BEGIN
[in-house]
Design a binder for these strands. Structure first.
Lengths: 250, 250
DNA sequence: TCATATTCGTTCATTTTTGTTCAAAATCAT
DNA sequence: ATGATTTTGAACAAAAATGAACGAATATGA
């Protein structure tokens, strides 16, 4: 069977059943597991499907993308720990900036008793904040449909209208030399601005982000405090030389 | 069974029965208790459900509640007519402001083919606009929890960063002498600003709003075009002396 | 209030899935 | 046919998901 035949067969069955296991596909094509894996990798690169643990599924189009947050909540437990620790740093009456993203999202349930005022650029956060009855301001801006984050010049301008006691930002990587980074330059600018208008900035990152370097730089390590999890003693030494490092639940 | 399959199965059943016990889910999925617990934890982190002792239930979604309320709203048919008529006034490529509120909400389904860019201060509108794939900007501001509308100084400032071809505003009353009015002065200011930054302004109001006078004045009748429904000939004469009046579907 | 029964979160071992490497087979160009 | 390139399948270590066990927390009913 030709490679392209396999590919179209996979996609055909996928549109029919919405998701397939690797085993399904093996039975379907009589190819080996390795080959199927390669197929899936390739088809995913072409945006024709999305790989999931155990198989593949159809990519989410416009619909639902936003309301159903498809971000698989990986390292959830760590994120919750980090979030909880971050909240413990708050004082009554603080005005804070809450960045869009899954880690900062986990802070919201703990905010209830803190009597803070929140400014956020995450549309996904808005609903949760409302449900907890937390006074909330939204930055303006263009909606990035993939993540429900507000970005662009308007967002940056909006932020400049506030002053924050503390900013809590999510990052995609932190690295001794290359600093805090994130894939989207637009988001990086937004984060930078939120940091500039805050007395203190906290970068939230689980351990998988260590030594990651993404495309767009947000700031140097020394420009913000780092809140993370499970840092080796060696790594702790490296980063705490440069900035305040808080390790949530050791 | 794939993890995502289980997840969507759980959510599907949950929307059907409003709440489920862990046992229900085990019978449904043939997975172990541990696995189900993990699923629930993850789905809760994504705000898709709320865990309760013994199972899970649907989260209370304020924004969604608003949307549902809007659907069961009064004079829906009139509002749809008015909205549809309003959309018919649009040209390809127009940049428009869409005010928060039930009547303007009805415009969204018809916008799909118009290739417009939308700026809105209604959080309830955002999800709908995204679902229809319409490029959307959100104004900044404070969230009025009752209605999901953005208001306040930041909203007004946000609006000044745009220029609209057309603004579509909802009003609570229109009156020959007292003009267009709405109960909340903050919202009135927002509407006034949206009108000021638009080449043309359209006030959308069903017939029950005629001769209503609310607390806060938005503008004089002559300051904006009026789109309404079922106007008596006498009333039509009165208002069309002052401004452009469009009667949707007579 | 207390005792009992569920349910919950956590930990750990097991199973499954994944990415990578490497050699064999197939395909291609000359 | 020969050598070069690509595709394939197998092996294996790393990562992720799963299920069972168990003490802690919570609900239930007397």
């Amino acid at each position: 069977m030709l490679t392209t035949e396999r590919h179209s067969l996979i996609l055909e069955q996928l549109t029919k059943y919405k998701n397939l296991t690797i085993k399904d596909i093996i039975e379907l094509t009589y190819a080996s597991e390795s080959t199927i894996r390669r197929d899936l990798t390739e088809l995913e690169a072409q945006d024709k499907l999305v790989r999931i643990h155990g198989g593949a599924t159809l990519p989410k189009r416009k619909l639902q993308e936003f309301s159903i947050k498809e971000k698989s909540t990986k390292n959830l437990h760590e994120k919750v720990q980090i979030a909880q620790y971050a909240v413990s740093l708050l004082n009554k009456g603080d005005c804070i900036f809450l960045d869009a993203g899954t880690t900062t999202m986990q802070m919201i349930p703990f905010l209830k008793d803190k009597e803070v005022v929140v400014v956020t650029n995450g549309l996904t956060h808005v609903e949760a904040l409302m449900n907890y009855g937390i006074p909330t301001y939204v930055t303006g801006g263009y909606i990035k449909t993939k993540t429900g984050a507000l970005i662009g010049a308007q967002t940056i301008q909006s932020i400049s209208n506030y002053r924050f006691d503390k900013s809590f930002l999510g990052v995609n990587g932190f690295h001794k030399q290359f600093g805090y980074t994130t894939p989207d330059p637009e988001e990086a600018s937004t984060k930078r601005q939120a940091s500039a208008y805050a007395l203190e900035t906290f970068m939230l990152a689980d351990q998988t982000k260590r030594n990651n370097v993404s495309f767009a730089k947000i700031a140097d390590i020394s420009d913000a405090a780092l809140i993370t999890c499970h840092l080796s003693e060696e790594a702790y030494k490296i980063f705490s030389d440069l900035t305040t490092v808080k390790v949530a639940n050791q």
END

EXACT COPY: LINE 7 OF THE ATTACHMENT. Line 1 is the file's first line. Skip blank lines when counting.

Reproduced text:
């Amino acid at each position: 069977m030709l490679t392209t035949e396999r590919h179209s067969l996979i996609l055909e069955q996928l549109t029919k059943y919405k998701n397939l296991t690797i085993k399904d596909i093996i039975e379907l094509t009589y190819a080996s597991e390795s080959t199927i894996r390669r197929d899936l990798t390739e088809l995913e690169a072409q945006d024709k499907l999305v790989r999931i643990h155990g198989g593949a599924t159809l990519p989410k189009r416009k619909l639902q993308e936003f309301s159903i947050k498809e971000k698989s909540t990986k390292n959830l437990h760590e994120k919750v720990q980090i979030a909880q620790y971050a909240v413990s740093l708050l004082n009554k009456g603080d005005c804070i900036f809450l960045d869009a993203g899954t880690t900062t999202m986990q802070m919201i349930p703990f905010l209830k008793d803190k009597e803070v005022v929140v400014v956020t650029n995450g549309l996904t956060h808005v609903e949760a904040l409302m449900n907890y009855g937390i006074p909330t301001y939204v930055t303006g801006g263009y909606i990035k449909t993939k993540t429900g984050a507000l970005i662009g010049a308007q967002t940056i301008q909006s932020i400049s209208n506030y002053r924050f006691d503390k900013s809590f930002l999510g990052v995609n990587g932190f690295h001794k030399q290359f600093g805090y980074t994130t894939p989207d330059p637009e988001e990086a600018s937004t984060k930078r601005q939120a940091s500039a208008y805050a007395l203190e900035t906290f970068m939230l990152a689980d351990q998988t982000k260590r030594n990651n370097v993404s495309f767009a730089k947000i700031a140097d390590i020394s420009d913000a405090a780092l809140i993370t999890c499970h840092l080796s003693e060696e790594a702790y030494k490296i980063f705490s030389d440069l900035t305040t490092v808080k390790v949530a639940n050791q």